public class CookieManager extends CookieHandler
CookieHandler, which separates the storage of cookies from the policy surrounding accepting and rejecting cookies. A CookieManager is initialized with a
CookieStorewhich manages storage, and a
CookiePolicyobject, which makes policy decisions on cookie acceptance/rejection.
The HTTP cookie management in java.net package looks like:
use CookieHandler <------- HttpURLConnection ^ | impl | use CookieManager -------> CookiePolicy | use |--------> HttpCookie | ^ | | use | use | |--------> CookieStore ^ | impl | Internal in-memory implementation
- CookieHandler is at the core of cookie management. User can call CookieHandler.setDefault to set a concrete CookieHanlder implementation to be used.
- CookiePolicy.shouldAccept will be called by CookieManager.put to see whether or not one cookie should be accepted and put into cookie store. User can use any of three pre-defined CookiePolicy, namely ACCEPT_ALL, ACCEPT_NONE and ACCEPT_ORIGINAL_SERVER, or user can define his own CookiePolicy implementation and tell CookieManager to use it.
- CookieStore is the place where any accepted HTTP cookie is stored in. If not specified when created, a CookieManager instance will use an internal in-memory implementation. Or user can implements one and tell CookieManager to use it.
- Currently, only CookieStore.add(URI, HttpCookie) and CookieStore.get(URI) are used by CookieManager. Others are for completeness and might be needed by a more sophisticated CookieStore implementation, e.g. a NetscapeCookieSotre.
There're various ways user can hook up his own HTTP cookie management behavior, e.g.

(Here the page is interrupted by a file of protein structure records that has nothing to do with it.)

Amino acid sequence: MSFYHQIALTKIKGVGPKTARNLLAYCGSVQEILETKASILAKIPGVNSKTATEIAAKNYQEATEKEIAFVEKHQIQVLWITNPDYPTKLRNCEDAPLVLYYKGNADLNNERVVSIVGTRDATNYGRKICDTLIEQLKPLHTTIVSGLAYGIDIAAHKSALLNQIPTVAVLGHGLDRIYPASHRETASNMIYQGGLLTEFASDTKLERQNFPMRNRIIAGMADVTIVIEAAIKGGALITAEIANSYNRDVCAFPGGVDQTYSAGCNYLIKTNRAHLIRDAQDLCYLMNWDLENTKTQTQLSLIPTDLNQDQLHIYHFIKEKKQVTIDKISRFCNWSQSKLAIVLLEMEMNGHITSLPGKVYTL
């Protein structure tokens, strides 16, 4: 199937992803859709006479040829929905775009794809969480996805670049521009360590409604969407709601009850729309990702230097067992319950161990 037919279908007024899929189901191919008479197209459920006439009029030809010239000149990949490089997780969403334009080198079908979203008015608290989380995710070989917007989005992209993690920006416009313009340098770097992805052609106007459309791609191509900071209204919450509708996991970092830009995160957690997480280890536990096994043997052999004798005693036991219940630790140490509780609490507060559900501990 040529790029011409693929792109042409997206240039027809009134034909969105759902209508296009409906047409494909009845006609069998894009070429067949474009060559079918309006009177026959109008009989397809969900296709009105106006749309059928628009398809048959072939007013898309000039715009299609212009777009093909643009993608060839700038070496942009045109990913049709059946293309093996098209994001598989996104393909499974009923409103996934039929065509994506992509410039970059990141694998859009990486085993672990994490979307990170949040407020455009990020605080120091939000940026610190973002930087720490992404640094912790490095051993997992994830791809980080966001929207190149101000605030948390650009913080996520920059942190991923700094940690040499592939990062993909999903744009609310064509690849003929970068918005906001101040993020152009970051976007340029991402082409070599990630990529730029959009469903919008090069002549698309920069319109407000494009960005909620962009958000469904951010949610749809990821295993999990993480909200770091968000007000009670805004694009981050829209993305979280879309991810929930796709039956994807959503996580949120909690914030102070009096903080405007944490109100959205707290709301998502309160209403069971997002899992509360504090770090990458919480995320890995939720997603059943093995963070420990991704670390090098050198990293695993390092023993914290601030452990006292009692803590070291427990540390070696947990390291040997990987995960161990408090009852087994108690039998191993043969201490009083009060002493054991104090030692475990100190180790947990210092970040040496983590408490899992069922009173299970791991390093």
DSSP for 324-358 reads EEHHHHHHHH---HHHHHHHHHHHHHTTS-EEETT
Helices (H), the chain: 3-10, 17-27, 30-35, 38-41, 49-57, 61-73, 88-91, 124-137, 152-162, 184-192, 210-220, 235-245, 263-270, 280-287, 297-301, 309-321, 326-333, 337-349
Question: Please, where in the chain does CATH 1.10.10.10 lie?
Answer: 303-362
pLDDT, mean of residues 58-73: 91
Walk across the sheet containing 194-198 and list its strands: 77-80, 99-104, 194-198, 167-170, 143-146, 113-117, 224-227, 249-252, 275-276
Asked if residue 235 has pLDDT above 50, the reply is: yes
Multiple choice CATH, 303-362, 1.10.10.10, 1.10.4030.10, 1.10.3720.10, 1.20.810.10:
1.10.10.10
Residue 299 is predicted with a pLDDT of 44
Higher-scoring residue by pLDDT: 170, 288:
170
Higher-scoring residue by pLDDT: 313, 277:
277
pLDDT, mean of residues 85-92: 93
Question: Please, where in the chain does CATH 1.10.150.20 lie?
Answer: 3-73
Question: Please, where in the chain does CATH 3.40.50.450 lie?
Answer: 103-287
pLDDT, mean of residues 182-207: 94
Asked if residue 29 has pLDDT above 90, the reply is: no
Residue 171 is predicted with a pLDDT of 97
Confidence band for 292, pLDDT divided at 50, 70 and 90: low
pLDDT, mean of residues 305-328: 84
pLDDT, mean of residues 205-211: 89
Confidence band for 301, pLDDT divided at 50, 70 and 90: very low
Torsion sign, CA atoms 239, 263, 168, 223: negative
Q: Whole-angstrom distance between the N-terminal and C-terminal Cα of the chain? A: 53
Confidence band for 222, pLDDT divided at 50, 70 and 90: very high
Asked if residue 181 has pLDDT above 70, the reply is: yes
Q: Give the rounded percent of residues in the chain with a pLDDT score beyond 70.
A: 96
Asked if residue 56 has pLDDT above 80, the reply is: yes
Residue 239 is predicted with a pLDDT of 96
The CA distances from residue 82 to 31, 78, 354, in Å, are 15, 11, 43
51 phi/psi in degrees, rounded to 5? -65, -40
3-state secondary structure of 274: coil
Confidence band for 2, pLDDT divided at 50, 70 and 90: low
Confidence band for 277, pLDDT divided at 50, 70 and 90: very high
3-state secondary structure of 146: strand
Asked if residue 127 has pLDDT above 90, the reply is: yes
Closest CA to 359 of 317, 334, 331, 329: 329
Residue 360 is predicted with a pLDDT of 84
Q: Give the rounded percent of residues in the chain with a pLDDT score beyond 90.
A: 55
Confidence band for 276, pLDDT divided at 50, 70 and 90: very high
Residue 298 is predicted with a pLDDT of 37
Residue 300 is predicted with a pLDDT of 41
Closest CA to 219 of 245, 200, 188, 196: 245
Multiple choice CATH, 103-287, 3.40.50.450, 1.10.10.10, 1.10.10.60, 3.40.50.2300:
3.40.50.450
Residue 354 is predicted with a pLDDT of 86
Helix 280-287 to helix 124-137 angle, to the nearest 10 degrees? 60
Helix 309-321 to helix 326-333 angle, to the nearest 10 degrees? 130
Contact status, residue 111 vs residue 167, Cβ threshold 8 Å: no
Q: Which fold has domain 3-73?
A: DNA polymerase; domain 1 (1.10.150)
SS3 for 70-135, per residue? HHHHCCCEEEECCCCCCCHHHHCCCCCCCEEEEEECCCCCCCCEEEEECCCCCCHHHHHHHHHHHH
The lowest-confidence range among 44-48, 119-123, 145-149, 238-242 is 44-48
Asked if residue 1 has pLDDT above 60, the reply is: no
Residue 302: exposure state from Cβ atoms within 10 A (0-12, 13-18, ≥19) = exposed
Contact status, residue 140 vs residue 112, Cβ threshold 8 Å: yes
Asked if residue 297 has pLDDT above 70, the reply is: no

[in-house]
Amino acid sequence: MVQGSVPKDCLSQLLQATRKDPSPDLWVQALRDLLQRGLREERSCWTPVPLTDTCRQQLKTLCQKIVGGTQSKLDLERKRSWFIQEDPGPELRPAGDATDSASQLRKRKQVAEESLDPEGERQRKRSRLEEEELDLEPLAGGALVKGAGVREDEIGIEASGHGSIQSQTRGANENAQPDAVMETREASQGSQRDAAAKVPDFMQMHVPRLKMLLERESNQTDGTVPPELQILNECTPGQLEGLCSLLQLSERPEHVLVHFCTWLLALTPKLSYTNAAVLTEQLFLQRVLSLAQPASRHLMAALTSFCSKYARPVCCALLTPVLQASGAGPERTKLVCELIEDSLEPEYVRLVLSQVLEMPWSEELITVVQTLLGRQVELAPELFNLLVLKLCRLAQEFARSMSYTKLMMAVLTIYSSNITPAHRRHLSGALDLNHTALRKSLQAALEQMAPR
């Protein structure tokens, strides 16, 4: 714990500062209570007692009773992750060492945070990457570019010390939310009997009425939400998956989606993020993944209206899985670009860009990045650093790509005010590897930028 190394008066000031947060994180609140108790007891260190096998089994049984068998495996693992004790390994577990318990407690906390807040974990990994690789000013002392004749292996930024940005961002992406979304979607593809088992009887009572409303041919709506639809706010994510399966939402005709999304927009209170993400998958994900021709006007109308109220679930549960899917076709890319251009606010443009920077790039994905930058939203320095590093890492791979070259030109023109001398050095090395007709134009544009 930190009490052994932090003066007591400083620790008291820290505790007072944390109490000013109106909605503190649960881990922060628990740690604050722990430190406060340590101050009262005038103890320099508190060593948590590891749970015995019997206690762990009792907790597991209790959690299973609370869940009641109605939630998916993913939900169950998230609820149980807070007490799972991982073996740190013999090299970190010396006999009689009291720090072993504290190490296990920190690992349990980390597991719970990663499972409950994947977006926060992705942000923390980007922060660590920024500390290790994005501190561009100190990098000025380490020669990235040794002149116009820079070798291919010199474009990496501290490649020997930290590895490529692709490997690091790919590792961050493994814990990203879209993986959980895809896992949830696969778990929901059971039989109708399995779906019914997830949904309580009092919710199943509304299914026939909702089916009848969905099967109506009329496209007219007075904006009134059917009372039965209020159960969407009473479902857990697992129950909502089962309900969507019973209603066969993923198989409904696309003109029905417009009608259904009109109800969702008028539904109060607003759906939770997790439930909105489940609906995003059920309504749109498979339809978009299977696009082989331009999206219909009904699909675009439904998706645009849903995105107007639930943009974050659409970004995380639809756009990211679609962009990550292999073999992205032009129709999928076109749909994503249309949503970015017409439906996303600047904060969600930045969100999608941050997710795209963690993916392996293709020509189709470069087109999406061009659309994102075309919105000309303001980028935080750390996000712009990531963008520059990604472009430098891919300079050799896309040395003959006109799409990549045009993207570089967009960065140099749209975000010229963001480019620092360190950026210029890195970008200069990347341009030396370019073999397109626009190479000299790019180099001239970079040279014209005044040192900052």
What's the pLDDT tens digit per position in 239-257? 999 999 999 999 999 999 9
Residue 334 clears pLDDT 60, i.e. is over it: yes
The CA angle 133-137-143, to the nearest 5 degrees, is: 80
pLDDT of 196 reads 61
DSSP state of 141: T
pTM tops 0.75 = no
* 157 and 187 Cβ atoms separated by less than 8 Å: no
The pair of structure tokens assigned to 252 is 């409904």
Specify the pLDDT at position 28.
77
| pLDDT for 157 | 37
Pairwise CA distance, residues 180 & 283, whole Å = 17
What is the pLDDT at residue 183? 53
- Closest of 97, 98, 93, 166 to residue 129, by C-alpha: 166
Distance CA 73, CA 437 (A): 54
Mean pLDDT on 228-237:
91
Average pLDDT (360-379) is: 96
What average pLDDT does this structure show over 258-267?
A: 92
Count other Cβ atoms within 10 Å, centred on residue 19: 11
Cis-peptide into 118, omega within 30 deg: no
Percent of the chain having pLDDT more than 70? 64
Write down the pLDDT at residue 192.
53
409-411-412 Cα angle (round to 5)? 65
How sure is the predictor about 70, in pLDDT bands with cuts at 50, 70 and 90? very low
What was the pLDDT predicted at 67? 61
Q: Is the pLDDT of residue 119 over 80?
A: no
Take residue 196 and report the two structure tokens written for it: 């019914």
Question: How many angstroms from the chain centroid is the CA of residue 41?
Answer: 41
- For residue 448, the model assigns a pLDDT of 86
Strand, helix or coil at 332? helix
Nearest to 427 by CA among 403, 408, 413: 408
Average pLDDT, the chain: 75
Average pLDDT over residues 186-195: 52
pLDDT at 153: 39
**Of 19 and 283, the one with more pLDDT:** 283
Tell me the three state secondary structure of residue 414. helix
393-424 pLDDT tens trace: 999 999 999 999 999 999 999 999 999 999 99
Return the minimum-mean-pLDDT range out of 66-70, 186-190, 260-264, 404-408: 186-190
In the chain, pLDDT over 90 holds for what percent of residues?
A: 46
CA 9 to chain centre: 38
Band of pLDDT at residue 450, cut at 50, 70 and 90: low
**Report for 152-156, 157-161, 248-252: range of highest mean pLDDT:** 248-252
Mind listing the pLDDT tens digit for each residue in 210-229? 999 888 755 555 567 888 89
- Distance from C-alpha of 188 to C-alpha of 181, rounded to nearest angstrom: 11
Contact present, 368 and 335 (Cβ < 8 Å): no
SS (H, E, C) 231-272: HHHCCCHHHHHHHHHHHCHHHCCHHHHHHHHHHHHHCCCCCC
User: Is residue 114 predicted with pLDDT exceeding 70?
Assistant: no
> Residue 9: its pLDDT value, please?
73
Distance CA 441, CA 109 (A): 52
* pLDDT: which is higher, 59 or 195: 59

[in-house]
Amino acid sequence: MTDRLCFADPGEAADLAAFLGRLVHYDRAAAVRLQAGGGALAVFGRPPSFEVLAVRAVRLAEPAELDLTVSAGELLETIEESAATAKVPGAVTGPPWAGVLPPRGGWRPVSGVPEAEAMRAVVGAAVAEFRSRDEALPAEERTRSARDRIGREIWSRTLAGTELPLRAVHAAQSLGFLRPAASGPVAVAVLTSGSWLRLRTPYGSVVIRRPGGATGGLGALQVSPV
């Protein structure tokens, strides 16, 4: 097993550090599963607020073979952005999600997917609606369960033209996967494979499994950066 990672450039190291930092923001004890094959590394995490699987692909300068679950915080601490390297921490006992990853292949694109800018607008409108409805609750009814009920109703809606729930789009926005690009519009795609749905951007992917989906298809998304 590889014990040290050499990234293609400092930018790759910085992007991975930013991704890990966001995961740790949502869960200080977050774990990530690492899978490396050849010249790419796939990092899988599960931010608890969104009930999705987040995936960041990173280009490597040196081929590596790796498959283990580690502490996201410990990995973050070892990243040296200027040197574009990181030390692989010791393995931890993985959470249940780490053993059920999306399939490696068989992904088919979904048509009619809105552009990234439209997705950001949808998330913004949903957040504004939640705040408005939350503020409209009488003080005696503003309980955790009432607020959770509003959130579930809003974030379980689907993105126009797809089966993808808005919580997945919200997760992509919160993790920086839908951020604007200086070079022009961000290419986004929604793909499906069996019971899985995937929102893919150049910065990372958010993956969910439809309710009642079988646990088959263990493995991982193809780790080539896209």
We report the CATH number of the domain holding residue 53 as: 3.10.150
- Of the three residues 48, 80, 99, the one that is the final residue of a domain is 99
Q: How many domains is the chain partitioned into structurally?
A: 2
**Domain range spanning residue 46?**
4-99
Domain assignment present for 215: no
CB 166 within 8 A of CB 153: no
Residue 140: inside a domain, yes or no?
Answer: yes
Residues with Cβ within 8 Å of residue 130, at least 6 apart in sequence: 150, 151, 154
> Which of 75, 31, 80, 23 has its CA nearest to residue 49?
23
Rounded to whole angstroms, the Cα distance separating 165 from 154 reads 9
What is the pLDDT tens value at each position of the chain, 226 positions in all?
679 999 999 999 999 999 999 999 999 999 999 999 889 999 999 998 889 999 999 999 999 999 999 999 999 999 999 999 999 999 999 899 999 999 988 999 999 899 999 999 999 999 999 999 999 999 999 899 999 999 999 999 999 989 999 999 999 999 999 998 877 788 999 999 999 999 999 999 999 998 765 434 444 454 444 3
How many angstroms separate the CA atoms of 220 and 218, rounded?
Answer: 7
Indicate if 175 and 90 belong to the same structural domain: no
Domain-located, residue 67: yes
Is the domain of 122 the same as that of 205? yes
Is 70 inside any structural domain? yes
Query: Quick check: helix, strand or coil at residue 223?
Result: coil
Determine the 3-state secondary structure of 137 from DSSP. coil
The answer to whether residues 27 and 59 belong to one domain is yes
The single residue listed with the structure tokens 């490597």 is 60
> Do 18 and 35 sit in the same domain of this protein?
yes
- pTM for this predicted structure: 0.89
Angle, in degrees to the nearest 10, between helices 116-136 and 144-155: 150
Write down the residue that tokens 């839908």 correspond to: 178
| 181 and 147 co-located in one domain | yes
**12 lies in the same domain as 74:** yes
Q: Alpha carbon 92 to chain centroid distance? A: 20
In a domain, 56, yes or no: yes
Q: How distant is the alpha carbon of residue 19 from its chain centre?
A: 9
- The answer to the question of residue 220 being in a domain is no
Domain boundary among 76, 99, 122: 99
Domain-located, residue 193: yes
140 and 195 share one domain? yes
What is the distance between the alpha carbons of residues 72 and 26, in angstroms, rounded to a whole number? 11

- Use CookieHandler.setDefault to set a brand new
- Let CookieManager be the default
CookieHandlerimplementation, but implement user's own
CookiePolicyand tell default CookieManager to use them:// this should be done at the beginning of an HTTP session CookieHandler.setDefault(new CookieManager(new MyCookieStore(), new MyCookiePolicy()));
- Let CookieManager be the default
CookieHandlerimplementation, but use customized
CookiePolicy:// this should be done at the beginning of an HTTP session CookieHandler.setDefault(new CookieManager()); // this can be done at any point of an HTTP session ((CookieManager)CookieHandler.getDefault()).setCookiePolicy(new MyCookiePolicy());
The implementation conforms to RFC 2965, section 3.3.
|Constructor and Description|
Create a new cookie manager.
|Modifier and Type||Method and Description|
Gets all the applicable cookies from a cookie cache for the specified uri in the request header.
To retrieve current cookie store.
Sets all the applicable cookies, examples are response header fields that are named Set-Cookie2, present in the response headers into a cookie cache.
This constructor will create new cookie manager with default cookie store and accept policy. The effect is same as CookieManager(null, null).
public CookieManager(CookieStore store, CookiePolicy cookiePolicy)
store- a CookieStore to be used by cookie manager. if null, cookie manager will use a default one, which is an in-memory CookieStore implmentation.
cookiePolicy- a CookiePolicy instance to be used by cookie manager as policy callback. if null, ACCEPT_ORIGINAL_SERVER will be used.
public void setCookiePolicy(CookiePolicy cookiePolicy)
public CookieStore getCookieStore()
public Map<String,List<String>> get(URI uri, Map<String,List<String>> requestHeaders) throws IOException
URI passed as an argument specifies the intended use for
the cookies. In particular the scheme should reflect whether the cookies
The host part should reflect either the destination of the cookies or
It is up to the implementation to take into account the
the cookies attributes and security settings to determine which ones
should be returned.
HTTP protocol implementers should make sure that this method is called after all request headers related to choosing cookies are added, and before the request is sent.
URIrepresenting the intended use for the cookies
requestHeaders- - a Map from request header field names to lists of field values representing the current request headers
IOException- if an I/O error occurs
Submit a bug or feature
For further API reference and developer documentation, see Java SE Documentation. That documentation contains more detailed, developer-targeted descriptions, with conceptual overviews, definitions of terms, workarounds, and working code examples.
Copyright © 1993, 2015, Oracle and/or its affiliates. All rights reserved. Use is subject to license terms. Also see the documentation redistribution policy.